Great leadership has no specific shape, form, or face. It doesn’t find, or avoid, a home in the heart of a particular person necessarily because of any specific religion, race, ethnicity, nationality, education level, differing ability levels, socio-economic status, or other defining distinctions.
In fact, greatness – in leadership and in other areas – can be inside of any one of us.
But how would we know if there’s greatness in a person if we’re prejudging that person based of any of those defining distinctions – and the stereotypes and general misconceptions often associated with some differences among us humans?
Maybe a prejudgment stems from the lack of knowledge about, experience with, or fear of, someone who’s different than us.
In the American Legion Auxiliary – the world’s largest women’s patriotic service organization, we know that prejudgments, and discrimination, are simply wrong. ALA wholeheartedly welcomes diversity among its membership and leadership and requires only that potential members are women who meet the pre-established eligibility requirements.
If we were narrowminded and closed off to women from various backgrounds who qualify for membership, it would be our loss. We would probably miss out on having terrific members and leaders such as Marion Rocha-Carlos, president of ALA Unit 211 in Lompoc, Calif. Marion is also a past Department of California District 16 president (2012-2013) and has served on the department’s Ways and Means Committee since 2013.
Marion, a 40-year-old lifelong ALA member, is known for selflessly giving her all to every ALA mission-based action she takes. Signed up for the ALA by her grandfather, U.S. Army Air Corps World War II veteran Joseph Rocha when she was a baby, Marion virtually grew up within the ALA.
Her fellow unit members and others encouraged her to pursue leadership roles in our organization. It didn’t matter that Marion has cerebral palsy with dystonia, or that the dystonia affects her muscles and bones – making them rigid when they should be more flexible. And it didn’t matter that Marion has a speech impediment which can sometimes make it difficult to understand her.
It didn’t matter then … or now, and here’s why: Marion and her fellow unit members share many of the things that unite them as ALA members – including a strong calling to honor and help veterans, servicemembers, and their families; honor the sacrifices of those who served; mentor our youth; and promote patriotism and good citizenship.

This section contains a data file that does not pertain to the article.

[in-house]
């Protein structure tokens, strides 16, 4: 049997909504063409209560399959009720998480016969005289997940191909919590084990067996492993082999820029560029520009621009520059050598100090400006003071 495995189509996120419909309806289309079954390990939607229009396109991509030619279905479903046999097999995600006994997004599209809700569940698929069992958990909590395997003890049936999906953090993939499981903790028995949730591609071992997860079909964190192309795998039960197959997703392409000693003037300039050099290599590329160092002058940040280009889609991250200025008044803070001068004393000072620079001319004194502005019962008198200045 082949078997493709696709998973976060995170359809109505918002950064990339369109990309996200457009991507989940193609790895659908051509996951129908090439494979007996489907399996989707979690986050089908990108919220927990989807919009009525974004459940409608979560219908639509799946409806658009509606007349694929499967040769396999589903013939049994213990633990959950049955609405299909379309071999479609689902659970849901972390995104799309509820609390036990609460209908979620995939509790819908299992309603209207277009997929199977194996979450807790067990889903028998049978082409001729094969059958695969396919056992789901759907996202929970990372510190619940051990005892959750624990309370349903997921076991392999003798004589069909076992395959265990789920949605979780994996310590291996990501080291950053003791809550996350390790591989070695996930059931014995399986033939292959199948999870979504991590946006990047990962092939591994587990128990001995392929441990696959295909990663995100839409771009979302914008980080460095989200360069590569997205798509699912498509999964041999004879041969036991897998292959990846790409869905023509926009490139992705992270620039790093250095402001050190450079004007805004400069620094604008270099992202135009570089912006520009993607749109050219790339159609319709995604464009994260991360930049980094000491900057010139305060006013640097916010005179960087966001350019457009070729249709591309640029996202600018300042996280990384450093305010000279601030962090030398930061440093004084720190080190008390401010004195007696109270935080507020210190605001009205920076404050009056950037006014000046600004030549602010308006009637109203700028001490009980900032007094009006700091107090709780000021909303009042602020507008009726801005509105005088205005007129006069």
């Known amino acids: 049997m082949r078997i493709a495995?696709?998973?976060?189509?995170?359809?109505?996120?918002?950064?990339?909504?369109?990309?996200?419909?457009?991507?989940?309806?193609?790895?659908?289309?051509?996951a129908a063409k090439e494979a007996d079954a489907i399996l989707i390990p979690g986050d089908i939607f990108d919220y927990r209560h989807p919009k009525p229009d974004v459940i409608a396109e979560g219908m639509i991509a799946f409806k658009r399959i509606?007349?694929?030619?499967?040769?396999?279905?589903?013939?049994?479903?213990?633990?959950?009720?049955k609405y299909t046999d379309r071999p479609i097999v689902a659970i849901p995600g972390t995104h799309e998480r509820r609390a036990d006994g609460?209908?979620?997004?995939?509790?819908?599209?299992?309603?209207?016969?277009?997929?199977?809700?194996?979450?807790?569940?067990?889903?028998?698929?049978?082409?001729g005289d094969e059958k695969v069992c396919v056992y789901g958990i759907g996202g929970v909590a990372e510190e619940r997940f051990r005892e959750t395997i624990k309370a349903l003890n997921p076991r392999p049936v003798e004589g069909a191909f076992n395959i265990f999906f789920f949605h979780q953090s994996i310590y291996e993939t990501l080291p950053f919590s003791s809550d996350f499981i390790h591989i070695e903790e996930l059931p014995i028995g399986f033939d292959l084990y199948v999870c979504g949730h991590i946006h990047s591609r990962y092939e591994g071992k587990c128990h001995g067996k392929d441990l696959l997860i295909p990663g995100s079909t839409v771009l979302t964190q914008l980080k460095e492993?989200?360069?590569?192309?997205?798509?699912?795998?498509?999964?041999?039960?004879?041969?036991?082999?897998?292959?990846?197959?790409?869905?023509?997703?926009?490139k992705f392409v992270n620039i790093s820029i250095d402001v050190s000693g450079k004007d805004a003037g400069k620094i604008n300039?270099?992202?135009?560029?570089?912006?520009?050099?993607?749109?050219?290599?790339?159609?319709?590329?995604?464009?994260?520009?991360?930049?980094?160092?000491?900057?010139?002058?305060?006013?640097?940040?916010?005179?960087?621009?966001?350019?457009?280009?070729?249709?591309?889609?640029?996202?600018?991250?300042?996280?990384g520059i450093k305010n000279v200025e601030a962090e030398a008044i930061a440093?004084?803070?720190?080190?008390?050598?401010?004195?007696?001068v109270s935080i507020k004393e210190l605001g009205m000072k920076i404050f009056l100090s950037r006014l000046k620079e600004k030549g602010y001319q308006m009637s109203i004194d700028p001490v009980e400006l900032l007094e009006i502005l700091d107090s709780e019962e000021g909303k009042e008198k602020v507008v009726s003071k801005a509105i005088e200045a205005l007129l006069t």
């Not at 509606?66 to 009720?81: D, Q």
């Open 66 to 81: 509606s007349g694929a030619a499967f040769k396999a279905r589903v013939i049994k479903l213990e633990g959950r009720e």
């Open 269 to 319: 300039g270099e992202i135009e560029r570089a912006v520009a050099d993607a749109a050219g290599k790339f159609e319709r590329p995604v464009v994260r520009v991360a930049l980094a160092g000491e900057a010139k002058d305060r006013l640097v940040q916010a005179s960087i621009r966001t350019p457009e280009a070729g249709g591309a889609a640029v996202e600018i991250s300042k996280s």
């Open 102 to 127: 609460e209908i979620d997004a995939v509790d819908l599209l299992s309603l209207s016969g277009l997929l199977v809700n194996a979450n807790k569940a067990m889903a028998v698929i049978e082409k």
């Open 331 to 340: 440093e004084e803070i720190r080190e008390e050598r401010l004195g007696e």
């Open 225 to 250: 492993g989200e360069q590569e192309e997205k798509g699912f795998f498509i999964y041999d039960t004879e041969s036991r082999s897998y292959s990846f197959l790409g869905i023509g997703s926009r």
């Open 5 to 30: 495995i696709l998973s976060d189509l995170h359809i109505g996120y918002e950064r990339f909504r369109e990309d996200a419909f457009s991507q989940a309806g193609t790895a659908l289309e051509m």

Imagine if Unit 211 had predetermined that Marion had no worth to ALA or to those we serve because she has cerebral palsy with dystonia or because of her speech impediment.
Thankfully, that didn’t happen. When ALA members look at Marion, they see the person she is and her capabilities. We know Marion is so much more than the physical challenges she faces … and we’re proud to have her as a member and leader!
In a recent question-and-answer session, Marion shared some insights from her experience as an American Legion Auxiliary member:
Q: Do you ever feel like people don’t know what to say around you?
A: My fellow Auxiliary members see me as a person first. They do see the disability. It’s a part of me, but they know it’s not the only part of me. Sometimes, if it’s a new member, then yes – they aren’t sure what to say to me or around me, how to treat me, how to react to me. In those cases, I think it’s their nervousness or maybe apprehension, or their first impression of me is that they’re not sure of what I can do. Then, they meet me and talk with me. Then they discover what I can do. Then, all of those other concerns melt away. Because of my speech impediment, I tell people ‘If you don’t understand me, ask me to repeat myself.’ I’m okay with that.
Q: Do you think ALA, as a whole, is a diverse organization? How can diversity be beneficial within the Auxiliary?
A: As we grow, and as we reach out to attract new members from all sorts of backgrounds, we become an even more diverse organization. I appreciate when other diverse units come in and show their openness and different views because I found out that I can learn from them and they can open up my eyes to new things – like a new way to do an ALA activity. We can all learn from each other.
Q: Do you ever let cerebral palsy with dystonia get in your way? Why or why not?
A: I do have my down days. But I don’t let those feelings hold me back; that’s not my personality. I do know that I need my rest. So, I would take time for that. But I also know that I always need things to do or I’ll get bored.
Q: What keeps you motivated and keeps you doing what you do as an ALA member?
More about Marion: Marion Rocha-Carlos, a Paid Up For Life (PUFL) American Legion Auxiliary member, is eligible for ALA membership through her grandfather, U.S. Army Air Corps World War II veteran Joseph Rocha. Marion also is eligible through the service of her father, Ronald Rocha, who served in the U.S. Army at the end of the Cold War. Marion earned two associate’s degrees in liberal arts, and a bachelor’s degree in social science. She is a volunteer teacher’s aide for a first-grade class at a local elementary school. Marion is married to Art Carlos, a detachment officer with the Sons of the American Legion.